Many college sports coaches, and not just in the “big sports” of football and basketball, have a win-at-any-costs mindset that puts players at risk.
In today’s Martin Center article, Jay Allred, a golf enthusiast and father of a student who now has a chronic back problem due to her golf coach’s irresponsibility, writes about that problem.
In his daughter’s case, she had hurt her back and a doctor had advised against playing.
Yet, on the same day she was given that diagnosis,her golf coach sent her an email stating that she was cleared to return to play and was expected at every practice in the spring. She played in the spring as demanded, but in excruciating pain. Her coach brushed off her pain, claiming that ‘it is her mind and her will,’ as he wrote in an email.
Subsequently the Allreds filed a complaint against the school (East Carolina), but were stonewalled.
This is not a unique case. “Unfortunately, this lack of accountability and transparency isn’t unique to ECU. Currently, no University of North Carolina system school has an athlete’s bill of rights or a coach’s code of conduct,” Allred writes. But there is some good news. The North Carolina General Assembly has taken note of the problem of student athletes suffering at the hands of their coaches and created a commission, which has just issued its report. If adopted, the report’s recommendations for creating the University Student Athlete Protection Commission (USAPC) would go a long way toward solving the problem.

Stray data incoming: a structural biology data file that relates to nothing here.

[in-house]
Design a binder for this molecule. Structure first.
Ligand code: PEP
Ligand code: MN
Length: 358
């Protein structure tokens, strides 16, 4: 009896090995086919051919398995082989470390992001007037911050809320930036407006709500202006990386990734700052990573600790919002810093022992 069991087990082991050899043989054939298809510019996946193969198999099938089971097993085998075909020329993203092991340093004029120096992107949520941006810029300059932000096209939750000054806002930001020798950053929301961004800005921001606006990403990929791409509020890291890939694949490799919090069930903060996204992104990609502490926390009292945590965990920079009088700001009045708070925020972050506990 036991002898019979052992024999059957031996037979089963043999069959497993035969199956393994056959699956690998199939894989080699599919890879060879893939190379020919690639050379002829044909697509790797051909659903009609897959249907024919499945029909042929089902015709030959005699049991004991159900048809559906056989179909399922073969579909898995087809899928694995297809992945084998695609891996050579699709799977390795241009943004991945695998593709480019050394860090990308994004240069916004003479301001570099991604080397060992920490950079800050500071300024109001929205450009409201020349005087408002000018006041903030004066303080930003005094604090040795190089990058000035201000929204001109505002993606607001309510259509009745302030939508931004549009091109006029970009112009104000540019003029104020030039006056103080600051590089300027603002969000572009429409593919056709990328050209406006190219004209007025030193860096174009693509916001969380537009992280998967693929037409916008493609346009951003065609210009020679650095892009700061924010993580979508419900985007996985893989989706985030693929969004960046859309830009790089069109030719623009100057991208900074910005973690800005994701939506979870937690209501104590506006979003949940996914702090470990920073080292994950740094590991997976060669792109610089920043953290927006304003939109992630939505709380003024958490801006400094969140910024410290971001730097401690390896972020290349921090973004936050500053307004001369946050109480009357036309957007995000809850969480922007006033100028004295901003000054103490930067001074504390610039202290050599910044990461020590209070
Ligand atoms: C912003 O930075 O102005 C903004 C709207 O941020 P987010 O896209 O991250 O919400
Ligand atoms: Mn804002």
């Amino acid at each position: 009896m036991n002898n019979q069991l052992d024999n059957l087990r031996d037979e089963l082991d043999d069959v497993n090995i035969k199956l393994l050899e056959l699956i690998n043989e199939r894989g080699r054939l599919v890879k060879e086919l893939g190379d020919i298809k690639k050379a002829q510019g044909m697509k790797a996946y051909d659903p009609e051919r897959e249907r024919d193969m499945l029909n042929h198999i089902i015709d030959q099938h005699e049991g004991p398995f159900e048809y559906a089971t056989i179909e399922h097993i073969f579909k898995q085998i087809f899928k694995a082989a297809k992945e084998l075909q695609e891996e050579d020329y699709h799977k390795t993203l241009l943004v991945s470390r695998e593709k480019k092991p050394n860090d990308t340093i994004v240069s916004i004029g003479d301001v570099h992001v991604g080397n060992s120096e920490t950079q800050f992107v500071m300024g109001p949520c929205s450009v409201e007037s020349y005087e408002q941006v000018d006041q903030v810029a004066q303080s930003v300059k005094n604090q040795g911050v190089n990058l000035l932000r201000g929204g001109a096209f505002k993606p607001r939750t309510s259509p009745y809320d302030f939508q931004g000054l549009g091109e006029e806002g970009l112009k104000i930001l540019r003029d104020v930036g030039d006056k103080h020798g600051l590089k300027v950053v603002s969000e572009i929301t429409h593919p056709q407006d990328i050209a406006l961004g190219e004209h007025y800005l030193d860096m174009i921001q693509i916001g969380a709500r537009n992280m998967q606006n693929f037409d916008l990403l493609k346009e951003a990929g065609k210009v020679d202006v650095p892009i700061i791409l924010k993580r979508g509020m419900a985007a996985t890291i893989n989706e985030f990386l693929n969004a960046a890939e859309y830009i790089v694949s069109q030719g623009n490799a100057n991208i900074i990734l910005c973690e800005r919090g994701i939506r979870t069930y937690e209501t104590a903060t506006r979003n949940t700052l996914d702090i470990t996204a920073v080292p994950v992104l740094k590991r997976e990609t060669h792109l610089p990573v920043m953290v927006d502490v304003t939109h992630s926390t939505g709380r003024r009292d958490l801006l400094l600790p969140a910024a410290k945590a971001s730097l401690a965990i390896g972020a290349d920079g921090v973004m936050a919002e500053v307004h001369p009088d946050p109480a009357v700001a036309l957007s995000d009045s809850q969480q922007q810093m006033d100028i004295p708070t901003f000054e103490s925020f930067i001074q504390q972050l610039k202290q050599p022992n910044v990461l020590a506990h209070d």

The bad news is that the UNC system has fought off similar studies and recommendations in the past.
College athletics is anything but the highlight reels on ESPN. Many young people develop physical and mental injuries they are stuck with for the rest of their lives. But, with the USAPC, North Carolina could become a leader in reform by taking student-athlete safety seriously and establishing rules to protect them.